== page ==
Maybe linen (made from flax) predates cotton as a support, but hemp was, in my understanding, the first fabric support for painting. It was technically and economically prohibitive to use wood or metal panels for the larger works required by the grand halls and palaces in Venice and the churches, which required things to be viewed from a distance and thus enlarged. We know that artists like Michelangelo were aware of perspective and corrected for it by making the head larger, proportionately, on very tall sculptures like David.

“Linear perspective is thought to have been devised about 1415 by Italian Renaissance architect Filippo Brunelleschi and later documented by architect and writer Leon Battista Alberti in 1435 (Della Pittura).” -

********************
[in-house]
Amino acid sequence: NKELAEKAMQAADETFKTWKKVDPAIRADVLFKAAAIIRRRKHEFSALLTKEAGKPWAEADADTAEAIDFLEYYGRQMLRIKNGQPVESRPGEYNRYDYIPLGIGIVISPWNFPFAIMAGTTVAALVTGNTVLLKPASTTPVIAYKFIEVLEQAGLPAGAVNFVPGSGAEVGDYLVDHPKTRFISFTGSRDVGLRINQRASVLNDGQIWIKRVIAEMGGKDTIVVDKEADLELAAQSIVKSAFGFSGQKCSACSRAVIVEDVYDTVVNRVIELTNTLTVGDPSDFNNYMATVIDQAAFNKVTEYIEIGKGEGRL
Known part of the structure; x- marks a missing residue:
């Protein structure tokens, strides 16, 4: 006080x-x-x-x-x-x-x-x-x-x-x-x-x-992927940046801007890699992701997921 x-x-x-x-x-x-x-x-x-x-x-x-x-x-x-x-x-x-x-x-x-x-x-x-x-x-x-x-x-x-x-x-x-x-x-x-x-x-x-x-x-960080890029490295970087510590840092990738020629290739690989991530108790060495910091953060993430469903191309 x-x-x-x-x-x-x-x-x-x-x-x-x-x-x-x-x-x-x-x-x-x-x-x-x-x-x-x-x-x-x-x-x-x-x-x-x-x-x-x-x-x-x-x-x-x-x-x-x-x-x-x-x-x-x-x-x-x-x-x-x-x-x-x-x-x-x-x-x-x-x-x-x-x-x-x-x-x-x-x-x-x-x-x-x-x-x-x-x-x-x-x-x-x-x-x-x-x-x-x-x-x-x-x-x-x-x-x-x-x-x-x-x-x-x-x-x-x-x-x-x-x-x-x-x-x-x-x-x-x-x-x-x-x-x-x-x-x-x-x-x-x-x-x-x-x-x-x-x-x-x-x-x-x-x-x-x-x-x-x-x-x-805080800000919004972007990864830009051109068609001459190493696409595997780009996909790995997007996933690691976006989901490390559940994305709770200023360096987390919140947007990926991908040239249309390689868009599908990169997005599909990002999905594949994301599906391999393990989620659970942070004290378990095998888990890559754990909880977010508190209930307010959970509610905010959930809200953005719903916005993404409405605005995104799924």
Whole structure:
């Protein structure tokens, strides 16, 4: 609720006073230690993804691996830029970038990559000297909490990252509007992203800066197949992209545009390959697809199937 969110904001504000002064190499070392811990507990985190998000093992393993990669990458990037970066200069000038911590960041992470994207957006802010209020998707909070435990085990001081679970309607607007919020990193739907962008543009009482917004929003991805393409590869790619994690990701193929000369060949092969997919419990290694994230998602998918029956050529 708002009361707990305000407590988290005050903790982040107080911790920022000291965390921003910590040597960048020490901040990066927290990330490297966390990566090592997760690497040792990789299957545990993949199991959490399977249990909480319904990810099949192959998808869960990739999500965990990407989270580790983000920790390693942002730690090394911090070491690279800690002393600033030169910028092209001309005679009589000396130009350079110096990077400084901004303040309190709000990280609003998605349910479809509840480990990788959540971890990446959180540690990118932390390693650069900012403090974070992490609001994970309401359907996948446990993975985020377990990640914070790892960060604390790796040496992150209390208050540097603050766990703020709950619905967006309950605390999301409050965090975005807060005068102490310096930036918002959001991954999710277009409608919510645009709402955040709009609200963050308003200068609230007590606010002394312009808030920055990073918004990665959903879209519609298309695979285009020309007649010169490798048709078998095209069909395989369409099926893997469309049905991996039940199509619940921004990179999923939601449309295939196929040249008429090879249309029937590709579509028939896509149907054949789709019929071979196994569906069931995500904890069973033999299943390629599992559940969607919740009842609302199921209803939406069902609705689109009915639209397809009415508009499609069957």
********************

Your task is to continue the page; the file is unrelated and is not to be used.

So, big art... canvas, whether it was hemp, linen, or cotton, being organic, has its limitations. It can be eaten by bugs, rot, mold (also, buggish but on a micro scale maybe), basically being eaten. But it is subject to other deleterious problems like acid or pH issues. You see, being made from a plant, organic, canvas does not do well soaked in linseed oil over time, so methods were developed to isolate the fabric from the linseed oil used in oil paint. Thus we have gesso made with rabbit skin glue. Now the practice of using collagen glues probably predates canvas painting, but for reference, bark distillate adhesive date back to stone tool making around 200,000 BC. I didn’t even think distillation went back that far. Collagen glues are subject to absorb moisture and expand, are not dimensionally stable, and are no longer considered state of the art... having been replaced by acrylic gessoes, or Polyvinyl Acetates (PVA) and (GAC) or heat activated adhesives like BEVA.


Polyvinyl acetate is an aliphatic rubbery synthetic polymer with the formula ₙ. It belongs to the polyvinyl ester family, with the general formula -[RCOOCHCH₂]-. It is a type of thermoplastic. Wikipedia